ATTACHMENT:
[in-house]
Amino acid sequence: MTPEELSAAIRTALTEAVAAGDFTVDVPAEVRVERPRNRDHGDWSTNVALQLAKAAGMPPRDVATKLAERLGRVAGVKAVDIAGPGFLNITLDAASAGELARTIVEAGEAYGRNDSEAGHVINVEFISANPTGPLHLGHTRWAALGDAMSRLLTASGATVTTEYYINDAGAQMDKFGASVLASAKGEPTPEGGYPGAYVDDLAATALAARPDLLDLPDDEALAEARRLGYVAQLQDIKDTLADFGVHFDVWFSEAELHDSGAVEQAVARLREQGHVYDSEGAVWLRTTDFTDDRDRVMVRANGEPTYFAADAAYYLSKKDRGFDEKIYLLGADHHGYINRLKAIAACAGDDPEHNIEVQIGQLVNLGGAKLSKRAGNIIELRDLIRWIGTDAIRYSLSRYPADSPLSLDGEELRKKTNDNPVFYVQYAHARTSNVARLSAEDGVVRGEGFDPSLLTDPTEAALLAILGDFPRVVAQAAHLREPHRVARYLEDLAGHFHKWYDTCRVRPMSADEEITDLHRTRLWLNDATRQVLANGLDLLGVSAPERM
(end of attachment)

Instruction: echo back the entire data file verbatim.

[in-house]
Amino acid sequence: MTPEELSAAIRTALTEAVAAGDFTVDVPAEVRVERPRNRDHGDWSTNVALQLAKAAGMPPRDVATKLAERLGRVAGVKAVDIAGPGFLNITLDAASAGELARTIVEAGEAYGRNDSEAGHVINVEFISANPTGPLHLGHTRWAALGDAMSRLLTASGATVTTEYYINDAGAQMDKFGASVLASAKGEPTPEGGYPGAYVDDLAATALAARPDLLDLPDDEALAEARRLGYVAQLQDIKDTLADFGVHFDVWFSEAELHDSGAVEQAVARLREQGHVYDSEGAVWLRTTDFTDDRDRVMVRANGEPTYFAADAAYYLSKKDRGFDEKIYLLGADHHGYINRLKAIAACAGDDPEHNIEVQIGQLVNLGGAKLSKRAGNIIELRDLIRWIGTDAIRYSLSRYPADSPLSLDGEELRKKTNDNPVFYVQYAHARTSNVARLSAEDGVVRGEGFDPSLLTDPTEAALLAILGDFPRVVAQAAHLREPHRVARYLEDLAGHFHKWYDTCRVRPMSADEEITDLHRTRLWLNDATRQVLANGLDLLGVSAPERM